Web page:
Equity markets aren't likely to rebound anytime soon and in all likelihood they'll tumble below last year's low points, predicts the head of a prominent West Coast investment research firm.
Charles Biderman, chief executive officer of Sausalito, Calif.-based TrimTabs Investment Research Inc., says that stocks will “take out the lows of 2008” this year, paralyzed by mounting unemployment figures, sinking incomes and a rapidly shrinking economy.
"We see no signs of a bottom," he said, noting that the U.S. economy is now in its worst condition since the Great Depression.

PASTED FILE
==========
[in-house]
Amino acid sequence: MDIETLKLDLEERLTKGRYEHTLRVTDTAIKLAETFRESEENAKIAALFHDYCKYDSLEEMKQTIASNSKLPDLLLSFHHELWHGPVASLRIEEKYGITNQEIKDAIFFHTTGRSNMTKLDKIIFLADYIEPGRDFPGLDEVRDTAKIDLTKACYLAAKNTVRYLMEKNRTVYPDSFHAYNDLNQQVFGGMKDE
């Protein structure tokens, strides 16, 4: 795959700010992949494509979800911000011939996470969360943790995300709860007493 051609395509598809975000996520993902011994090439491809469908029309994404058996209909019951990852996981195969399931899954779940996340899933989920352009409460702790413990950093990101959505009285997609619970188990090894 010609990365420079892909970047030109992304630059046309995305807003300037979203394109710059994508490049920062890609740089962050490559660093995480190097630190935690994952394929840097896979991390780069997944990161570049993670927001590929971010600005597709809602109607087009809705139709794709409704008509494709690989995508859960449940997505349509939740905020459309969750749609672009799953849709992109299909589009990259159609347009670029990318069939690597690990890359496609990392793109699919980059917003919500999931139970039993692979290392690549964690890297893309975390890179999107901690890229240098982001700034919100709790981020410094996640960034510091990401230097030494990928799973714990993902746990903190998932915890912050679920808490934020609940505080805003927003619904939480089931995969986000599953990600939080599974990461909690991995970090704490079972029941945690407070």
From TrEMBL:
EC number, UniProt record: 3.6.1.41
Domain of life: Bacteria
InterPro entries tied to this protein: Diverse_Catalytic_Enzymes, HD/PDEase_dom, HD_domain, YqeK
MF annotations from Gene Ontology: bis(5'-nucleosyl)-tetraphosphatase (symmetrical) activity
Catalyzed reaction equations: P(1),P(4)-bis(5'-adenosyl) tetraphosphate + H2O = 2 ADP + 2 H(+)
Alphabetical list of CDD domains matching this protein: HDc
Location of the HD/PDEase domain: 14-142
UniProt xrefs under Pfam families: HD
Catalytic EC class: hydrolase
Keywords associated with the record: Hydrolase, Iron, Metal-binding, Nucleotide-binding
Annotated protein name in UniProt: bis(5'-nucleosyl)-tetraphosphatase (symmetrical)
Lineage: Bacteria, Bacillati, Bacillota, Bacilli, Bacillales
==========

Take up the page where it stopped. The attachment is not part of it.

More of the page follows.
While Mr. Biderman declined to offer a specific target or range for equity market declines, he noted that both the Dow Jones Industrial Average and the Standard & Poor’s 500 stock index hit their lows Nov. 20.
The Dow closed at 7552.29 that day, while the S&P 500 finished the day at 752.44.
To return to those levels, the Dow and the S&P 500 would have to decline roughly 10% and 13%, respectively, based on yesterday's closings.
Compounding the problems of increased unemployment and slowing economic growth, investors yanked more than $225 billion from equity mutual funds last year — a record level of outflows.
"Many people have been forced to sell off some of the assets just to cover their day-to-day expenses," he said. "So this isn't money that will be reinvested in the markets — it's being tapped by many just to pay bills."